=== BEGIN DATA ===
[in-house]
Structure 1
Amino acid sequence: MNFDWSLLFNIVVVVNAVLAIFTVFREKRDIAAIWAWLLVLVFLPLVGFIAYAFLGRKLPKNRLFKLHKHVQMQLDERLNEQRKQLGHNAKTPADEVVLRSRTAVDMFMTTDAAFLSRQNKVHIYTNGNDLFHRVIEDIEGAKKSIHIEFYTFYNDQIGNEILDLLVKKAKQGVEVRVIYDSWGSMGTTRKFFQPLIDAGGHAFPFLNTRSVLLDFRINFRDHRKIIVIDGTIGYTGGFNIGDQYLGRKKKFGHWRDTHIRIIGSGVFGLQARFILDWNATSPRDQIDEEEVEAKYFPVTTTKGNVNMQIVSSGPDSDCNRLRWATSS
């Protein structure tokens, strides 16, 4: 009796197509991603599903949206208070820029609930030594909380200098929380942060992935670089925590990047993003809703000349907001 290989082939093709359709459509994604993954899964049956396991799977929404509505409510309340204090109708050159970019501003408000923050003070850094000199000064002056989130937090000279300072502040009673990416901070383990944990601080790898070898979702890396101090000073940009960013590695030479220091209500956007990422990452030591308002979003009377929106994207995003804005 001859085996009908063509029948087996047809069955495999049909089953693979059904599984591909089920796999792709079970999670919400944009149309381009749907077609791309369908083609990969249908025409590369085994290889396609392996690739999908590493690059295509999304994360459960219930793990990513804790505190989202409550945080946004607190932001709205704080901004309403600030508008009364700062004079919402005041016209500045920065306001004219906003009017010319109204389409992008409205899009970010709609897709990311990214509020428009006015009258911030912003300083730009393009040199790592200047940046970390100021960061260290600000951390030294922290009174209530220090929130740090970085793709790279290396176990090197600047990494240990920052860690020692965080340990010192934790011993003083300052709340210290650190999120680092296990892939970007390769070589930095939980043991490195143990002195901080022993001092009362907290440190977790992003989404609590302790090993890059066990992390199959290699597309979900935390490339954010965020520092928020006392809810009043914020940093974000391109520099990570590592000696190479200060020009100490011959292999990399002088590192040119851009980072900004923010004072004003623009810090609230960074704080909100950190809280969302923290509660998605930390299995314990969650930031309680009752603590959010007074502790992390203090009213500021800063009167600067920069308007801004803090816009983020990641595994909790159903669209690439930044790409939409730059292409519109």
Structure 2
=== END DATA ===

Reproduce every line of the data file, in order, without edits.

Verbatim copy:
[in-house]
Structure 1
Amino acid sequence: MNFDWSLLFNIVVVVNAVLAIFTVFREKRDIAAIWAWLLVLVFLPLVGFIAYAFLGRKLPKNRLFKLHKHVQMQLDERLNEQRKQLGHNAKTPADEVVLRSRTAVDMFMTTDAAFLSRQNKVHIYTNGNDLFHRVIEDIEGAKKSIHIEFYTFYNDQIGNEILDLLVKKAKQGVEVRVIYDSWGSMGTTRKFFQPLIDAGGHAFPFLNTRSVLLDFRINFRDHRKIIVIDGTIGYTGGFNIGDQYLGRKKKFGHWRDTHIRIIGSGVFGLQARFILDWNATSPRDQIDEEEVEAKYFPVTTTKGNVNMQIVSSGPDSDCNRLRWATSS
């Protein structure tokens, strides 16, 4: 009796197509991603599903949206208070820029609930030594909380200098929380942060992935670089925590990047993003809703000349907001 290989082939093709359709459509994604993954899964049956396991799977929404509505409510309340204090109708050159970019501003408000923050003070850094000199000064002056989130937090000279300072502040009673990416901070383990944990601080790898070898979702890396101090000073940009960013590695030479220091209500956007990422990452030591308002979003009377929106994207995003804005 001859085996009908063509029948087996047809069955495999049909089953693979059904599984591909089920796999792709079970999670919400944009149309381009749907077609791309369908083609990969249908025409590369085994290889396609392996690739999908590493690059295509999304994360459960219930793990990513804790505190989202409550945080946004607190932001709205704080901004309403600030508008009364700062004079919402005041016209500045920065306001004219906003009017010319109204389409992008409205899009970010709609897709990311990214509020428009006015009258911030912003300083730009393009040199790592200047940046970390100021960061260290600000951390030294922290009174209530220090929130740090970085793709790279290396176990090197600047990494240990920052860690020692965080340990010192934790011993003083300052709340210290650190999120680092296990892939970007390769070589930095939980043991490195143990002195901080022993001092009362907290440190977790992003989404609590302790090993890059066990992390199959290699597309979900935390490339954010965020520092928020006392809810009043914020940093974000391109520099990570590592000696190479200060020009100490011959292999990399002088590192040119851009980072900004923010004072004003623009810090609230960074704080909100950190809280969302923290509660998605930390299995314990969650930031309680009752603590959010007074502790992390203090009213500021800063009167600067920069308007801004803090816009983020990641595994909790159903669209690439930044790409939409730059292409519109």
Structure 2